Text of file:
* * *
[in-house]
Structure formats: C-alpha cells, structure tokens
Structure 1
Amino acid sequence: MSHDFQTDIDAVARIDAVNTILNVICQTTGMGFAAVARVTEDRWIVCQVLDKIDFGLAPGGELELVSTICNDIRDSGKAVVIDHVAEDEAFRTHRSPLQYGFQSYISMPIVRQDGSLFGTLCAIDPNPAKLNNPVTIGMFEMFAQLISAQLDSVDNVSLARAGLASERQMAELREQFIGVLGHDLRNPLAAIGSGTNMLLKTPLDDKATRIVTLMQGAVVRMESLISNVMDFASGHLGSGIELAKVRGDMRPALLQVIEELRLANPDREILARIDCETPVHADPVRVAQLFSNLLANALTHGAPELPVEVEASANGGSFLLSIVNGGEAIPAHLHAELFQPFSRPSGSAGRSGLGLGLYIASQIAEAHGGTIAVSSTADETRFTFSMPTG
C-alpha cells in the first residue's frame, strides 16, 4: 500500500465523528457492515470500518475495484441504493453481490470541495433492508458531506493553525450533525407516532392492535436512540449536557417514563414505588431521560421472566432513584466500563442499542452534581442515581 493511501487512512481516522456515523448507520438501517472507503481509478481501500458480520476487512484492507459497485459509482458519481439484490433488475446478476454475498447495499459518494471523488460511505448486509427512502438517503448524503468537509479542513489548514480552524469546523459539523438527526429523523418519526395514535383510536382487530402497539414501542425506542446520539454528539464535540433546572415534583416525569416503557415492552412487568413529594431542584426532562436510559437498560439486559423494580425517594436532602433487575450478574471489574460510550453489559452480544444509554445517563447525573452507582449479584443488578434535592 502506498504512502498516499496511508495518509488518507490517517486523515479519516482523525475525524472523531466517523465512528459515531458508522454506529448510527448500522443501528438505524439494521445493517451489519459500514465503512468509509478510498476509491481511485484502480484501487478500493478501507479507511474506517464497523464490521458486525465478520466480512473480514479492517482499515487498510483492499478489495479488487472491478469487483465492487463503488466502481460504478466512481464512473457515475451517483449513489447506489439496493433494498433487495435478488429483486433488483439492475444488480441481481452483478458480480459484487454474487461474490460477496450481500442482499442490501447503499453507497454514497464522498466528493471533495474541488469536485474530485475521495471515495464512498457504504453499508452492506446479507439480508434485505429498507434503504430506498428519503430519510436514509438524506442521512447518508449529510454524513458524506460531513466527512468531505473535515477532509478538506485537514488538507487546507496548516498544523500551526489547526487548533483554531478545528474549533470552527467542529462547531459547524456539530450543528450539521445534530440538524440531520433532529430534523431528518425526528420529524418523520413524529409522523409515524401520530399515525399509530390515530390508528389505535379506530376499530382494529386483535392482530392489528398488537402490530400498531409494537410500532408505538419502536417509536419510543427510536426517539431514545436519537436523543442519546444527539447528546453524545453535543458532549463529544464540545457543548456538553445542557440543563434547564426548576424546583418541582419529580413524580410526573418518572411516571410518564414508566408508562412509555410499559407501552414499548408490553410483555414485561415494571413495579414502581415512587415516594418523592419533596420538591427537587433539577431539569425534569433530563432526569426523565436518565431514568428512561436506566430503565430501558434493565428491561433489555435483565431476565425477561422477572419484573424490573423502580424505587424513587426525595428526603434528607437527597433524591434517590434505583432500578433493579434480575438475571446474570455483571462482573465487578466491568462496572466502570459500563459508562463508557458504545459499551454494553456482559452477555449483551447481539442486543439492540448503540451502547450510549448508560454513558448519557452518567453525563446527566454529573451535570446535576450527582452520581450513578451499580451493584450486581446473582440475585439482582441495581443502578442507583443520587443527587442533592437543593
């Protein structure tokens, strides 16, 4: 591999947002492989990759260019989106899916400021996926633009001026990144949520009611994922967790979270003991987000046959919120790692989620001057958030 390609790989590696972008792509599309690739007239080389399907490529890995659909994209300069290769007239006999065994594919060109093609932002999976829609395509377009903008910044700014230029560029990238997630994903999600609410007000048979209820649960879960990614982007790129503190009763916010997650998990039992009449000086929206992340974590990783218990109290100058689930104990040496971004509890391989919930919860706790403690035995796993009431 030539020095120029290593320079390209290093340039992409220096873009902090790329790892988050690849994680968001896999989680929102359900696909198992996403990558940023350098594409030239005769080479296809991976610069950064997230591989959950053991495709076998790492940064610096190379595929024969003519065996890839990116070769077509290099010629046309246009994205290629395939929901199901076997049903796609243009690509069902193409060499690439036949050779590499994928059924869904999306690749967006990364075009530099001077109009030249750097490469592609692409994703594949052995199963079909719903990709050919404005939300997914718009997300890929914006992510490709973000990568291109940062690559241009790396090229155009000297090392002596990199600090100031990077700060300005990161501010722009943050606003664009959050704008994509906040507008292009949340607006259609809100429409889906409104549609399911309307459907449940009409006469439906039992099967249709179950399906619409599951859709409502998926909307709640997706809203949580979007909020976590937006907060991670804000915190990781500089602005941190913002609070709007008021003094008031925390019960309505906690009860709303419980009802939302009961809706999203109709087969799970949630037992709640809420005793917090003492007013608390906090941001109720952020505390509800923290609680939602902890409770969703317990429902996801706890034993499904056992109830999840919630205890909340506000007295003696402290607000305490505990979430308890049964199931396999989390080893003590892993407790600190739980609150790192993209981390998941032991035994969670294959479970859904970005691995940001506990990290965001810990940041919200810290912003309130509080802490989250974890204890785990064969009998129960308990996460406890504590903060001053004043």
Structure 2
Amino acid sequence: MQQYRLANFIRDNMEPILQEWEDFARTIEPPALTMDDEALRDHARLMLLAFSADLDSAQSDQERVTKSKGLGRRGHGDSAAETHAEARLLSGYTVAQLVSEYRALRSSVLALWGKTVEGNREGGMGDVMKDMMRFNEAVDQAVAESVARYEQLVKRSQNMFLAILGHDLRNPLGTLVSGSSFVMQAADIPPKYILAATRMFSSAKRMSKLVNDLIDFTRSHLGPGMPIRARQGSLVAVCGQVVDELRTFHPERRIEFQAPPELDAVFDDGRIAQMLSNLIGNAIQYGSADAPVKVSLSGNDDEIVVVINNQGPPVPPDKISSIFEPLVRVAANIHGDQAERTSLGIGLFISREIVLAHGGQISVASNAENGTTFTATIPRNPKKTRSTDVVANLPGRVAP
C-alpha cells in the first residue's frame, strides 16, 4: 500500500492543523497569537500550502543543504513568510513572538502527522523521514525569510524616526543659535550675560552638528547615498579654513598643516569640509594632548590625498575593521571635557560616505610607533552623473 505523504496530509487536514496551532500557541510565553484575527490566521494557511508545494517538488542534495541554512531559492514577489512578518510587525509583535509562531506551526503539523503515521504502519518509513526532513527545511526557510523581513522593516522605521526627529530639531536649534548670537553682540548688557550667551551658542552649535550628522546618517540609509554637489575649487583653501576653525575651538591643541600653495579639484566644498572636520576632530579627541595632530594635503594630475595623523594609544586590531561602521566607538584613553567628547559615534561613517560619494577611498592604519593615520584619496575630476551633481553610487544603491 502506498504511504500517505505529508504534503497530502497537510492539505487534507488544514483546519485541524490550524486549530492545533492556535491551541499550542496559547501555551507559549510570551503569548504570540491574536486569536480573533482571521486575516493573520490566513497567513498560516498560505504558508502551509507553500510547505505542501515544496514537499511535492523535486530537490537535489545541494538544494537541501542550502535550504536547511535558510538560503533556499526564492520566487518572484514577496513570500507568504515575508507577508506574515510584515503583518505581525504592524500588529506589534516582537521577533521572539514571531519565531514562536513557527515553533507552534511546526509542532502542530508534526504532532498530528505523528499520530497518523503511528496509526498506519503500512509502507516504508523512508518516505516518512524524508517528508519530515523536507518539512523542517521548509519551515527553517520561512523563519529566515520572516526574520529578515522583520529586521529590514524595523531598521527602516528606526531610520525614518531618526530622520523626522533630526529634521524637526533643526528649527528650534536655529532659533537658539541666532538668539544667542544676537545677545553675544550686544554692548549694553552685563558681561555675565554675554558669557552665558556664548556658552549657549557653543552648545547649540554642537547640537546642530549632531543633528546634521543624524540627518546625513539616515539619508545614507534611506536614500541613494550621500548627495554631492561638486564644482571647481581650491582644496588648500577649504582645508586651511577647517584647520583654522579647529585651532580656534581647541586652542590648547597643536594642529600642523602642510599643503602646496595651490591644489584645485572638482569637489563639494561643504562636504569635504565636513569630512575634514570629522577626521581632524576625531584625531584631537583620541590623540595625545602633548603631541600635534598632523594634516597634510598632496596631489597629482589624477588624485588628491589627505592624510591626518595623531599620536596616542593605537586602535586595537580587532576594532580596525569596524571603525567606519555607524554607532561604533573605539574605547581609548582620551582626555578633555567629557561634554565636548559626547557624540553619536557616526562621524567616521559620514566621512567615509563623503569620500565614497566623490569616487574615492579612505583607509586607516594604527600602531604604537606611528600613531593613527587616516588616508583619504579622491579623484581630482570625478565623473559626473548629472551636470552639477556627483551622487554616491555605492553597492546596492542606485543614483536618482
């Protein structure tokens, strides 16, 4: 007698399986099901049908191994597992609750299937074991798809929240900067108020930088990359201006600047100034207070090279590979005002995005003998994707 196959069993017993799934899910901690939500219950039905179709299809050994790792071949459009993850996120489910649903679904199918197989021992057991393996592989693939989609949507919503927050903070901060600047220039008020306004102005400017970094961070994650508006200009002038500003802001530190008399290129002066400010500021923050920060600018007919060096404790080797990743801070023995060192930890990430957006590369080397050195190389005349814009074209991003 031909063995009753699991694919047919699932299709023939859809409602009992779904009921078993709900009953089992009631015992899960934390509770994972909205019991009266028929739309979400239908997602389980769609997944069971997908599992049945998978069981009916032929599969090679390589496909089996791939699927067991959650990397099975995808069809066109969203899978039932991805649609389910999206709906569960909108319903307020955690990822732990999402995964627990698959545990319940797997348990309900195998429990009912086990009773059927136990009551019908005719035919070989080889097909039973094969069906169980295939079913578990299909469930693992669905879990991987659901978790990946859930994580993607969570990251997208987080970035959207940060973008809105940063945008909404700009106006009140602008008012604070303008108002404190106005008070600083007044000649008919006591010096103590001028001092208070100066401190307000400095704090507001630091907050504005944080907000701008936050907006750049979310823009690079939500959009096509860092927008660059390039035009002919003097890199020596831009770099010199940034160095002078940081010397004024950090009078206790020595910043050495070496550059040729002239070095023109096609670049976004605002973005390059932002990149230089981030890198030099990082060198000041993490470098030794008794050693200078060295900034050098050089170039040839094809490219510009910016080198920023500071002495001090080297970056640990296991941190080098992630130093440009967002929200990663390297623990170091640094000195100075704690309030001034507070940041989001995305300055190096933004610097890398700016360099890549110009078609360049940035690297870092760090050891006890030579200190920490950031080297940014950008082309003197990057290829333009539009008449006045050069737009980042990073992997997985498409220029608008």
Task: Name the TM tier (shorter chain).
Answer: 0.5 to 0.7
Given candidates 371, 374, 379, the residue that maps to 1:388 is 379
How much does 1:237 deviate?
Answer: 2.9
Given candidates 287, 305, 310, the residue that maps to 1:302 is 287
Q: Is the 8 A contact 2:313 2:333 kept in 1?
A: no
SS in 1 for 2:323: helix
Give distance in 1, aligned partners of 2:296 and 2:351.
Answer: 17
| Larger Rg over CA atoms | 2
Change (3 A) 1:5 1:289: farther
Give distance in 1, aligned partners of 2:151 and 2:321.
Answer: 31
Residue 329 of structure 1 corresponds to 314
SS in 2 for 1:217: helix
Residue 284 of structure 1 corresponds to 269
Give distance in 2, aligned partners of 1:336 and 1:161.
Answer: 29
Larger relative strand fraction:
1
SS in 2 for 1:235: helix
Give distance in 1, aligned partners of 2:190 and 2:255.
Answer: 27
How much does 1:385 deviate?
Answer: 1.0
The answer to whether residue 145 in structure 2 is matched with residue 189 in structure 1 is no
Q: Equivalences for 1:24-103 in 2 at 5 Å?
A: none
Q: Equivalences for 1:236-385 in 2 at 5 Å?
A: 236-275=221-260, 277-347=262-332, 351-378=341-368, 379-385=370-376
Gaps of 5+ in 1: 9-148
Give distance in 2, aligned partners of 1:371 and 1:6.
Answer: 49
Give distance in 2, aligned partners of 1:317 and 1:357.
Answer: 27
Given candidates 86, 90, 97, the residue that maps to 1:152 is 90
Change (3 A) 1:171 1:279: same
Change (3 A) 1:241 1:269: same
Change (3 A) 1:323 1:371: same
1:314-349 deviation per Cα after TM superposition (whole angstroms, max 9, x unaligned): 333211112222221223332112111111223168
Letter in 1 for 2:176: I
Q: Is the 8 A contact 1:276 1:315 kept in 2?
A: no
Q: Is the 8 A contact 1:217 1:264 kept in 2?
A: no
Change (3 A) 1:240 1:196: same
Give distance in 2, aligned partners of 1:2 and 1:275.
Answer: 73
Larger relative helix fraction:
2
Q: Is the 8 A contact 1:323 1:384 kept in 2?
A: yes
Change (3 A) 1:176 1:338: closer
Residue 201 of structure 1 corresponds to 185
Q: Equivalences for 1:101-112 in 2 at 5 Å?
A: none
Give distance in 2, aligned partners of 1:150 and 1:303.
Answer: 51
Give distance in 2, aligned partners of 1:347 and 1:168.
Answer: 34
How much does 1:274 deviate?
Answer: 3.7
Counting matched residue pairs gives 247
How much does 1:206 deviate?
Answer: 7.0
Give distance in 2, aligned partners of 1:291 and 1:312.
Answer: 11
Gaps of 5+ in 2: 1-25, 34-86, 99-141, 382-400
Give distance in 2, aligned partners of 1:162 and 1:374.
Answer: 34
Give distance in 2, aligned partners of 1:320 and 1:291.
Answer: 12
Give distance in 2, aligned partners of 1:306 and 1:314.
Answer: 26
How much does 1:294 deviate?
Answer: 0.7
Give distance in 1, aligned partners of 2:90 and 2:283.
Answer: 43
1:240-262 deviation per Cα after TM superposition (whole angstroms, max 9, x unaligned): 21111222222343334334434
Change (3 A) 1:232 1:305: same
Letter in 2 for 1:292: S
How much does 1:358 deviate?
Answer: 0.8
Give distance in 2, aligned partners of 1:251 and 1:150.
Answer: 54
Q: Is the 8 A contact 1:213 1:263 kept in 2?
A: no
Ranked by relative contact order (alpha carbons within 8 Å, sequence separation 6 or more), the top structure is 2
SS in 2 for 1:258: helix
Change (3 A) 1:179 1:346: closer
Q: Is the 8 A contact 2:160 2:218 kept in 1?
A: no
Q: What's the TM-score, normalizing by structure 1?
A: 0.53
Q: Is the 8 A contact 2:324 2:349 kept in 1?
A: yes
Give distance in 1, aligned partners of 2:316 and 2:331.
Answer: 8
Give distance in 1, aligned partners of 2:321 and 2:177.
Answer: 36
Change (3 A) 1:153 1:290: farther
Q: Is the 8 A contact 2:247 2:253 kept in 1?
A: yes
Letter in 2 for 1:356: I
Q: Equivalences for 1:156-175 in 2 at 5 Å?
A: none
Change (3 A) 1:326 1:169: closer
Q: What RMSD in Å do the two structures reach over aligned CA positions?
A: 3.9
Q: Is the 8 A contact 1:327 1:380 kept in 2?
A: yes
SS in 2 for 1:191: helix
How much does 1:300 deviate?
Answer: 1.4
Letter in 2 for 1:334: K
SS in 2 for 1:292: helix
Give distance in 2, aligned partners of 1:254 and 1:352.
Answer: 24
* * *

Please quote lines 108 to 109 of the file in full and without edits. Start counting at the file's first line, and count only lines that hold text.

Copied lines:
A: yes
Give distance in 1, aligned partners of 2:316 and 2:331.